Reporting from Washington — Only half of the scientists surveyed at the federal agency responsible for monitoring the safety of the nation's egg supply have full confidence that their organization adequately protects consumers from food-borne illness in eggs — and that was before the recent salmonella outbreak.
The survey of Food and Drug Administration scientists by the Union of Concerned Scientists has set off alarm bells within the nonpartisan watchdog organization.
"What is scary to me is that this is indicative of a much larger problem," said Francesca T. Grifo, director of the group's Scientific Integrity Program. "This is an agency in need of additional resources and authority, and I would add transparency to that list."
Grifo disclosed the findings Monday as FDA investigators continued to search for the cause of a salmonella outbreak at two Iowa egg producers that has sickened hundreds of people and led to the recall of about 550 million eggs — one of the largest egg recalls in history.
An FDA food safety official said that barring further investigative developments, the recall should not expand further.
But political pressure has begun to build, with congressional demands for answers about what went wrong being fired at food safety officials and the egg producers.
The producers, Hillandale Farms of Iowa Inc. and Wright County Egg Farms, voluntarily recalled the eggs in a series of announcements beginning Aug. 13. Both companies obtained young chickens and feed from a firm run by Wright County Egg owner Austin "Jack" DeCoster.
DeCoster has a decades-long record of violations of environmental and labor standards.
FDA Commissioner Margaret Hamburg said new egg safety rules that took effect July 9 were too late to help in this case, but would "very likely" have allowed the agency to head off the outbreak.
Hamburg on Monday renewed her call for passage of stalled legislation to give her agency more tools to ensure food safety, including the authority to recall food, instead of relying on producers to voluntarily pull back their products.
Grifo of the Union of Concerned Scientists said she supported calls by Hamburg for more resources, but wanted to make it easier for the public to have access to the agency's work. "We have easy access by the industry to regulators and a more difficult path for the consumers," she said.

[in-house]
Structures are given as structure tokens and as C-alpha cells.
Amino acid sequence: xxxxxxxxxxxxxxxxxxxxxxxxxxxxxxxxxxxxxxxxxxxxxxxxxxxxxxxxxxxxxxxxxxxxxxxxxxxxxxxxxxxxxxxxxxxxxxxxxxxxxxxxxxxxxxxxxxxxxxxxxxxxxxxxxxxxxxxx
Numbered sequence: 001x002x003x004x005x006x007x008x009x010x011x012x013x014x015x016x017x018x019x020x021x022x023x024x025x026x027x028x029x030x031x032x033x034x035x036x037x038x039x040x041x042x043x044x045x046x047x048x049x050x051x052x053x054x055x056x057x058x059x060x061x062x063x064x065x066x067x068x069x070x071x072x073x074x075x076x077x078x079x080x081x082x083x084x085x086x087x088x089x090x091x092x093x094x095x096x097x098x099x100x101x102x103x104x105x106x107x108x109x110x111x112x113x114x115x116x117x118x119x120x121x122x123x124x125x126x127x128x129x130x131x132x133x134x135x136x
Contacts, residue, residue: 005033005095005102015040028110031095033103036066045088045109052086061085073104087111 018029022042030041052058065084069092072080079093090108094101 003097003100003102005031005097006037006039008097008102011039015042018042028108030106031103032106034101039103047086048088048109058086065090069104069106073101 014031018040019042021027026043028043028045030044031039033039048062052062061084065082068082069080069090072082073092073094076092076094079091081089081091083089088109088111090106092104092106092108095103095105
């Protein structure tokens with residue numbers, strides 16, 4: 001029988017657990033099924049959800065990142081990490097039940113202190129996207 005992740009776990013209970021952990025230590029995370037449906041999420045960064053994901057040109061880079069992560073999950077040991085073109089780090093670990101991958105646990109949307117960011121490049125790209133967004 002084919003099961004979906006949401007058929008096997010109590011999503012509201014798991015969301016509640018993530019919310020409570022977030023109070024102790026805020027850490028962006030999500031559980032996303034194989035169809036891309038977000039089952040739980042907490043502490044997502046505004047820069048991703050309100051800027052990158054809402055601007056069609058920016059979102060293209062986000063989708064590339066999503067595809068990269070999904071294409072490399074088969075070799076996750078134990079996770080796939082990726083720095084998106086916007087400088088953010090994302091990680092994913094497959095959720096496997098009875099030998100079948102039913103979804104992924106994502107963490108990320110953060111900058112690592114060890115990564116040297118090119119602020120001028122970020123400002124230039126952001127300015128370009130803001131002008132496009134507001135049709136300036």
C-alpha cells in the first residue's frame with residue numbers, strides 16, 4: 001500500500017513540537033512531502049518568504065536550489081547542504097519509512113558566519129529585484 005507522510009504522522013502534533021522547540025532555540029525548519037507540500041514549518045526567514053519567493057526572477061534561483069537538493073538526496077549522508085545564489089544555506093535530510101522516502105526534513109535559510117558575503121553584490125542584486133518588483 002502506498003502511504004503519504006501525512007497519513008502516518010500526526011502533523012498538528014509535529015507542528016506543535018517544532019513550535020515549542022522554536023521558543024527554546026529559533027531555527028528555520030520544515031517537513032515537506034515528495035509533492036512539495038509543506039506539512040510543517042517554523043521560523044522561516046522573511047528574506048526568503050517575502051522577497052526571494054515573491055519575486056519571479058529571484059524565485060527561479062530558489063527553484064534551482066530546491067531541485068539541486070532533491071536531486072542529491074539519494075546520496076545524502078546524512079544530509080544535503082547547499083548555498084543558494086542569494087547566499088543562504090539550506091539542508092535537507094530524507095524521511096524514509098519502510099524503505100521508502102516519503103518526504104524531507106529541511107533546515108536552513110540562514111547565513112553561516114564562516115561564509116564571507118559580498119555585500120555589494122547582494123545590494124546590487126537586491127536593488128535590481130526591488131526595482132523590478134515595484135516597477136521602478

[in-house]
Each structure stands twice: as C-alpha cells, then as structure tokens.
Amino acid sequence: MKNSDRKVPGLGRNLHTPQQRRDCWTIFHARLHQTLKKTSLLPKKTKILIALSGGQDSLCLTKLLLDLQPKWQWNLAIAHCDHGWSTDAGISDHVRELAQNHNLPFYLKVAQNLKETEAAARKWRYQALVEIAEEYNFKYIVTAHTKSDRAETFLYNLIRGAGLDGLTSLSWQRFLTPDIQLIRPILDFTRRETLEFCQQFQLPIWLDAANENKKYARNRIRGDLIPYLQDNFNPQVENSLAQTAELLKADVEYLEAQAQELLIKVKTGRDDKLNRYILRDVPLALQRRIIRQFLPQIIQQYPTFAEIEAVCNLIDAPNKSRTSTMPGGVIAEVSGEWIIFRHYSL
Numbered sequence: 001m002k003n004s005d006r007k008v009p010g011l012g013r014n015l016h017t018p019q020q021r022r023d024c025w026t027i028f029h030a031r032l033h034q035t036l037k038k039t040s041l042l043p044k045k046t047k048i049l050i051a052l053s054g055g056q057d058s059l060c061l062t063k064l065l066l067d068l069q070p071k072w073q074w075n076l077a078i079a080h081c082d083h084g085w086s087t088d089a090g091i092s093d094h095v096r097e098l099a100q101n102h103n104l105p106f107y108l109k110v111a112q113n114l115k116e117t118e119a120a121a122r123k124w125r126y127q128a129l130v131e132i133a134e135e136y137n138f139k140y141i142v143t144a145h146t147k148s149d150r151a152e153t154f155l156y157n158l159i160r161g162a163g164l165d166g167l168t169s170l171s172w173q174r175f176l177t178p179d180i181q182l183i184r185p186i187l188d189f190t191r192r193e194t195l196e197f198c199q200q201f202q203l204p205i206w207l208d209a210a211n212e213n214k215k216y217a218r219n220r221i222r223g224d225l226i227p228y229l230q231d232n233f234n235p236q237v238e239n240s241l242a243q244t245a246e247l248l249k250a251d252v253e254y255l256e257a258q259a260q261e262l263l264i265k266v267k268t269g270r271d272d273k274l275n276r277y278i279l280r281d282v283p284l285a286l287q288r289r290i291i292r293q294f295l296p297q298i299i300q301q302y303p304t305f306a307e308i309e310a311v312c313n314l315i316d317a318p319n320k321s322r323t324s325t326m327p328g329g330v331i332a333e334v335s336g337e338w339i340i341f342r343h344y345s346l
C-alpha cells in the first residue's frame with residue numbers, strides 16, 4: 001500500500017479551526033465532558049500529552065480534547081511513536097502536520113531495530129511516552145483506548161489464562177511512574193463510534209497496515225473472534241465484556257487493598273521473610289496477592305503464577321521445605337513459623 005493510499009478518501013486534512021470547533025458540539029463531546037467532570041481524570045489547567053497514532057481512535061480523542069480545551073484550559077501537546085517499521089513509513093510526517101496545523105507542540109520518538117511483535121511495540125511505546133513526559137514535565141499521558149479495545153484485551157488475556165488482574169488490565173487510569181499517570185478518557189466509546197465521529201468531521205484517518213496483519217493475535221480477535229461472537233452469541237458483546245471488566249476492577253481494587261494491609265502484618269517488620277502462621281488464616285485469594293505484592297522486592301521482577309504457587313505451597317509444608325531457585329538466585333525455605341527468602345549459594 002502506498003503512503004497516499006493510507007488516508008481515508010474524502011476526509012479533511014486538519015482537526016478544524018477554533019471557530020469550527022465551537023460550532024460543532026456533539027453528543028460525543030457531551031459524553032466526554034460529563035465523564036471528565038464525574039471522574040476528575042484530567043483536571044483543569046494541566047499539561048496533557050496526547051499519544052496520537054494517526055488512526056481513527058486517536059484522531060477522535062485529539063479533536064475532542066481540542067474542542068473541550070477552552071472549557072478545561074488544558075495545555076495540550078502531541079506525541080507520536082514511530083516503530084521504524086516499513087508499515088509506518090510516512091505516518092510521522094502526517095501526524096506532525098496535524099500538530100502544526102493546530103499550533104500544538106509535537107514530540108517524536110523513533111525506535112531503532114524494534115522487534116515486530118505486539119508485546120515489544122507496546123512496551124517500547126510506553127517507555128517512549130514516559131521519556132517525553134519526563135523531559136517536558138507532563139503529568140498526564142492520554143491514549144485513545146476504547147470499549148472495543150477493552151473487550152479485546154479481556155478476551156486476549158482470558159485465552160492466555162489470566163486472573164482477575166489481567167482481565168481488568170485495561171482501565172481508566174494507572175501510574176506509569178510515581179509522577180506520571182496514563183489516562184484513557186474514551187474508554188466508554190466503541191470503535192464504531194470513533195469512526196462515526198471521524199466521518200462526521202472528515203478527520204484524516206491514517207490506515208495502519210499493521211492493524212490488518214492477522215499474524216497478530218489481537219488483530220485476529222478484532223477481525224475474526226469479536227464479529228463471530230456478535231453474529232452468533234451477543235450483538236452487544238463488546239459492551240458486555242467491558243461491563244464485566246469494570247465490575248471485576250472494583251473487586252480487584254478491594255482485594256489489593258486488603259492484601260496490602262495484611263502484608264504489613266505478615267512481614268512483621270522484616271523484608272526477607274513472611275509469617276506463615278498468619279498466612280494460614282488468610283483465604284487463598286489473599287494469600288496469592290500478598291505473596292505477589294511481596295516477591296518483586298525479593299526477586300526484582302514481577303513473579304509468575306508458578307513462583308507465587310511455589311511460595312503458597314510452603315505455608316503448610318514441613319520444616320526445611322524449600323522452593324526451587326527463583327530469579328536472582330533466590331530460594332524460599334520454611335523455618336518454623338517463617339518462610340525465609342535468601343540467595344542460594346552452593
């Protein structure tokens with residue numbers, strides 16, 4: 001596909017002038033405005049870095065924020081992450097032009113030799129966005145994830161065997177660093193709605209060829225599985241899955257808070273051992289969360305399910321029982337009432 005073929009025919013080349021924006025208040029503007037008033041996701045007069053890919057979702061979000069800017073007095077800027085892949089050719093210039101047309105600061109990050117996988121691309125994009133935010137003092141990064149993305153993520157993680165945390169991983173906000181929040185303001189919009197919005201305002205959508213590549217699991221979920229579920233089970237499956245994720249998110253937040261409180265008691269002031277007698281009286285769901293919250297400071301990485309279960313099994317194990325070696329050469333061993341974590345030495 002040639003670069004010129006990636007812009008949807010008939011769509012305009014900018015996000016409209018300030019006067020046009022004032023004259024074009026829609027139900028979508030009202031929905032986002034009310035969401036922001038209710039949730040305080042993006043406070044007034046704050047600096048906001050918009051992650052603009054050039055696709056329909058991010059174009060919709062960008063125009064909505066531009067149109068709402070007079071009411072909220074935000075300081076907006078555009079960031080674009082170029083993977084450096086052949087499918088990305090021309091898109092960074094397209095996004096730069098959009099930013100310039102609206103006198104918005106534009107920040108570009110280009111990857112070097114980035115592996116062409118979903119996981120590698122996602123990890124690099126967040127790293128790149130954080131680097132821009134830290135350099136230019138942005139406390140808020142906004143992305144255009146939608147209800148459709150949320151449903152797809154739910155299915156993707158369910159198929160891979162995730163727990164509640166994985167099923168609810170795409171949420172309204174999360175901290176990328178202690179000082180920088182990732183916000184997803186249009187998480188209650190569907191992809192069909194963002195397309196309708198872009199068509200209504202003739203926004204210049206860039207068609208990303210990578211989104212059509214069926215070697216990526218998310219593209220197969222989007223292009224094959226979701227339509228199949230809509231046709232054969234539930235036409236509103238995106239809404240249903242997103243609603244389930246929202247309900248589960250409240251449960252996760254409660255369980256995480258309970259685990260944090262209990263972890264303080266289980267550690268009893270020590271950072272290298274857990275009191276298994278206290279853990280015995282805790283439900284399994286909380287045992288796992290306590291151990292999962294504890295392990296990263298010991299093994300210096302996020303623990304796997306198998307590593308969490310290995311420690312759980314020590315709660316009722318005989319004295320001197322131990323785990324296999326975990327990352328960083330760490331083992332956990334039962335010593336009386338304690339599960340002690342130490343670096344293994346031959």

The organization polled 2,874 FDA scientists this year and 17% responded to a question about egg safety — a standard response rate for studies of this nature, Grifo said.
The survey included the question: "How confident are you that the (current food safety system) adequately protects the consumer from food-borne illness from the following foods?" In the case of eggs, half of the respondents said they were completely or mostly confident in the results, while a quarter said they were somewhat confident. Five percent reported no confidence at all. The rest responded that they did not know.
Also on Monday, Rep. Rosa DeLauro (D-Conn.), who chairs the appropriations subcommittee for the FDA and Department of Agriculture, sent a letter to Hamburg and Agriculture Secretary Thomas J. Vilsack seeking information about how aggressively their agencies had monitored Wright County Egg and other firms controlled by DeCoster, given his troubled regulatory history.
Reps. Henry A. Waxman (D-Beverly Hills) and Bart Stupak (D-Mich.) of the House Energy and Commerce Committee sent letters to DeCoster and Hillandale requesting information and records pertaining to the salmonella recall.
DeCoster, in particular, was hit with a voluminous request that included records of any allegations of violations of health, safety, environmental or animal cruelty laws involving a web of at least two dozen companies.